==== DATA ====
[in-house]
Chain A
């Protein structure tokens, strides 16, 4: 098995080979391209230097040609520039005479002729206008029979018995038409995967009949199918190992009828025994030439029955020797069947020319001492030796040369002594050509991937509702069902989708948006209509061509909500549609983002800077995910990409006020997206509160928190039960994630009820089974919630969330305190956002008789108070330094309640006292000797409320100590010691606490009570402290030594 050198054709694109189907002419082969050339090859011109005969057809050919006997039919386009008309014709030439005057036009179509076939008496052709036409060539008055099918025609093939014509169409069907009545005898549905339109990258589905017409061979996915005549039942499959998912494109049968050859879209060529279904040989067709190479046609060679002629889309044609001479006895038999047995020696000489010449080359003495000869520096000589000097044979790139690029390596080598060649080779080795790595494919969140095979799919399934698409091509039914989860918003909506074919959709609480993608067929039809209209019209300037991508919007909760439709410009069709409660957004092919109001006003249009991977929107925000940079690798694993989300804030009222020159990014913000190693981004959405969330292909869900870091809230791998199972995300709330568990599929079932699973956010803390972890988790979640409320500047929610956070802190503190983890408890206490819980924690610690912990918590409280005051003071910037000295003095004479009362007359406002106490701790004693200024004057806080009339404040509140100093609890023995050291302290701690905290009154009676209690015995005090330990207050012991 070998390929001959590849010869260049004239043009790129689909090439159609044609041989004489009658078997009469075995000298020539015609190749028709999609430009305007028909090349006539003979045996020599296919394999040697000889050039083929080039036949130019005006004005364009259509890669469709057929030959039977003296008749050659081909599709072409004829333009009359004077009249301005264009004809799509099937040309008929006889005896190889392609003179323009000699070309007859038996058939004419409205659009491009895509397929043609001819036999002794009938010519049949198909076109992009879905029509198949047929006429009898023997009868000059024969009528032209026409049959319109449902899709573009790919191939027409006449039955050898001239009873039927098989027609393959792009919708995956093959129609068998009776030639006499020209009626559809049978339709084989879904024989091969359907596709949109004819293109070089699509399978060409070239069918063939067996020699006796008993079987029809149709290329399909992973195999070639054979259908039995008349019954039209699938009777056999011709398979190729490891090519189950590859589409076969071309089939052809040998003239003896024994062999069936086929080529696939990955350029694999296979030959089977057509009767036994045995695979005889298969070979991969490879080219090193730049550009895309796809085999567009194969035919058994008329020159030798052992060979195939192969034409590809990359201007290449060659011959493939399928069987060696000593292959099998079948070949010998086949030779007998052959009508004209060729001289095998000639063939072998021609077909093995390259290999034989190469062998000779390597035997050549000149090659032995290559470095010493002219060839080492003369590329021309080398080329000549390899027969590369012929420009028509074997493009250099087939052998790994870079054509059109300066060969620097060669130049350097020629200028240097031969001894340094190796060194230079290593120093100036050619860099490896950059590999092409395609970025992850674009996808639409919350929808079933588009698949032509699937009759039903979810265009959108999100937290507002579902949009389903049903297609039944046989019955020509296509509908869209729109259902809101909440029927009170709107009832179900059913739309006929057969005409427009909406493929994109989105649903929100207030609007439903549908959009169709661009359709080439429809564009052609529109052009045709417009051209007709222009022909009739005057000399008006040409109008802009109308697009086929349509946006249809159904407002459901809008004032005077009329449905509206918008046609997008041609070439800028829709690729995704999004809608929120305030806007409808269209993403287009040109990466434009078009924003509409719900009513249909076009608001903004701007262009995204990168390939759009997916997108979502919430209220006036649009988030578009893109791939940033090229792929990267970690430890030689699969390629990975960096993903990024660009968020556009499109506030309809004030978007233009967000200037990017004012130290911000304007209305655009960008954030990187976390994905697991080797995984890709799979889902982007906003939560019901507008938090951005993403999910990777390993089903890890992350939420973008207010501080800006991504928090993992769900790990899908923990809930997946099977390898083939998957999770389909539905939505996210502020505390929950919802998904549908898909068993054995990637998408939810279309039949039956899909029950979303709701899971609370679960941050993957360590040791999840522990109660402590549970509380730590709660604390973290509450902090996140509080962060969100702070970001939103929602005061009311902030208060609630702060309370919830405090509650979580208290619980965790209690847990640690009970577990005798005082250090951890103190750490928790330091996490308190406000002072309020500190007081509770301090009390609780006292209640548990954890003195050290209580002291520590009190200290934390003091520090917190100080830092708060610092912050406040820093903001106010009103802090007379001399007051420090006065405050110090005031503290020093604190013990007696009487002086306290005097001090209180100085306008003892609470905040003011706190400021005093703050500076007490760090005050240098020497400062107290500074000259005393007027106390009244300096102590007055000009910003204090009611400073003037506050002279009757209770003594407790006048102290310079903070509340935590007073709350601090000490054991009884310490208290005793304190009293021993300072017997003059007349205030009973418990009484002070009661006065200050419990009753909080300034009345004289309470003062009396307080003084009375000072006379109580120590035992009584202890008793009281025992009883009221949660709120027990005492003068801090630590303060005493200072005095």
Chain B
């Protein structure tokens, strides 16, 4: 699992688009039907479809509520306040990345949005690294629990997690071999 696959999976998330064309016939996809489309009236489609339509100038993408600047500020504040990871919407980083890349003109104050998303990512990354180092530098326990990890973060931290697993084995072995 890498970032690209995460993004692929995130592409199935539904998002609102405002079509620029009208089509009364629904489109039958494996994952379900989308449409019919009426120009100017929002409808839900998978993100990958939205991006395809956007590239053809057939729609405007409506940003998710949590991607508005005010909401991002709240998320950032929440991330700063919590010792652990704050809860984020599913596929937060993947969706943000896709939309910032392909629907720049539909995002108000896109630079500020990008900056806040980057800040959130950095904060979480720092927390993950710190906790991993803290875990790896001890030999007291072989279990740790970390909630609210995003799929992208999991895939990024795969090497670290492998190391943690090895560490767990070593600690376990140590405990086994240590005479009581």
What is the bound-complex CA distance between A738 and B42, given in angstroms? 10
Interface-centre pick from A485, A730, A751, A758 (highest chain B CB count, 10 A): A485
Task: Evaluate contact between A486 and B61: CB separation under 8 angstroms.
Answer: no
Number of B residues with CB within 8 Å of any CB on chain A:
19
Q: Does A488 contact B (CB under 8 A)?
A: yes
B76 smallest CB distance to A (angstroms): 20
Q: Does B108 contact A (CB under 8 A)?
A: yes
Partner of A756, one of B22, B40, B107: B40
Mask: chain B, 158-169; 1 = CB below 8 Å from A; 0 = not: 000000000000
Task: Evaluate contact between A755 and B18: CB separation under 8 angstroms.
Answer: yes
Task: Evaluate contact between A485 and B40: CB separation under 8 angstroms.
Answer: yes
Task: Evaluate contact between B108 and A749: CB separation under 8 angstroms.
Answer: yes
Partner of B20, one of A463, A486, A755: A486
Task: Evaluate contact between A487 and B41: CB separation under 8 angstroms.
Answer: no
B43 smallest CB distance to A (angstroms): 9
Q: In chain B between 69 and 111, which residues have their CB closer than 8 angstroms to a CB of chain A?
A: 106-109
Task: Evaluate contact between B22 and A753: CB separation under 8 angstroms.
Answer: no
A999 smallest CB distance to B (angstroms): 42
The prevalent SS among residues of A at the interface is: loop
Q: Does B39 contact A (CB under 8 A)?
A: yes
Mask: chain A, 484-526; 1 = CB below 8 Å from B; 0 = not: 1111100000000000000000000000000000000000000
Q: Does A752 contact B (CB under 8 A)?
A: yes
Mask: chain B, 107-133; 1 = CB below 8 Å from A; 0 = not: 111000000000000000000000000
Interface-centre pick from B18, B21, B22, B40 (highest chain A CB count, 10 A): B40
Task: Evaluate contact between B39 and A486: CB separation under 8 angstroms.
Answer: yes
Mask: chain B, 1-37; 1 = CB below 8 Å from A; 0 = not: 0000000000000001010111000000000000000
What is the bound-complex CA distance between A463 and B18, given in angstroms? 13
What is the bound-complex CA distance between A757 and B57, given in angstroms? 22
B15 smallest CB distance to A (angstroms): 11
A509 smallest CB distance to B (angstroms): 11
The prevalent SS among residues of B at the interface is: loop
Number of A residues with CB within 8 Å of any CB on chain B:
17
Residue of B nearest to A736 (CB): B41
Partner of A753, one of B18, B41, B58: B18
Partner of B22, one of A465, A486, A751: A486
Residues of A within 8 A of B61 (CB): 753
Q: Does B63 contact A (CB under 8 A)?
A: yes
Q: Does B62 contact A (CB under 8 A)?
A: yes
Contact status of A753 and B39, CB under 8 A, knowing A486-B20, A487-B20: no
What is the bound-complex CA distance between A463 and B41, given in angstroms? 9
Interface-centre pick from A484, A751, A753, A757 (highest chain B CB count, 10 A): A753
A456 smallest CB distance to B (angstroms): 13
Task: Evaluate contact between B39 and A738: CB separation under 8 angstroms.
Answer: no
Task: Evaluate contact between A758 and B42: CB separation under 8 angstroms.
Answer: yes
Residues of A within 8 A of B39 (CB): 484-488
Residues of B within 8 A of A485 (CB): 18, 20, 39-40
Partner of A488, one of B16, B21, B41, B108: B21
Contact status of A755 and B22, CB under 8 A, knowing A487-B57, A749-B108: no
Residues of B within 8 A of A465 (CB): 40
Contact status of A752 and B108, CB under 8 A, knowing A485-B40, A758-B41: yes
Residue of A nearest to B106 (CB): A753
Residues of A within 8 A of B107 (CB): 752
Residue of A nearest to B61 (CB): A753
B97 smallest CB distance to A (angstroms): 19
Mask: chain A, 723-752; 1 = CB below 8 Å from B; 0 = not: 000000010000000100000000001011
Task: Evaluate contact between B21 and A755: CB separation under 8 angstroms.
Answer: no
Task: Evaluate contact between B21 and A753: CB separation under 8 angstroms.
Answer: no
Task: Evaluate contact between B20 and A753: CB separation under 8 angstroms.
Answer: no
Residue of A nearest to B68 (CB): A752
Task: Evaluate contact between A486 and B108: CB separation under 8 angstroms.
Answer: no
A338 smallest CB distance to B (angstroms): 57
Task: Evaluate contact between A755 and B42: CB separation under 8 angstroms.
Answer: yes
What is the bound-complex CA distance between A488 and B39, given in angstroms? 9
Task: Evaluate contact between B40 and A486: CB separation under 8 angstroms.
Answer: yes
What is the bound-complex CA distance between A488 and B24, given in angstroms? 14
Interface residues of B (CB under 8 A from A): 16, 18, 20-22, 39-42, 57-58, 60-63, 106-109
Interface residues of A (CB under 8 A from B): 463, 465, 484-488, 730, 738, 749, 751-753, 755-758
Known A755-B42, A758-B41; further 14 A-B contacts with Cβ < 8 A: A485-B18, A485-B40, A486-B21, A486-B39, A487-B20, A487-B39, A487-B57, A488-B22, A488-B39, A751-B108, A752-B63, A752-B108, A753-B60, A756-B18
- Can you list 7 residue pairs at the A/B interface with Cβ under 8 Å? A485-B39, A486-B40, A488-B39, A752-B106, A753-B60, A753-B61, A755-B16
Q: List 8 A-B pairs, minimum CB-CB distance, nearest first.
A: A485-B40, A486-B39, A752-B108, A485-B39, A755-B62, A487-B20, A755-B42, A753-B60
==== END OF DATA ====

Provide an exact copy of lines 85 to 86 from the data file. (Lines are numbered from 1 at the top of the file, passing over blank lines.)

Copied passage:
Residue of A nearest to B68 (CB): A752
Task: Evaluate contact between A486 and B108: CB separation under 8 angstroms.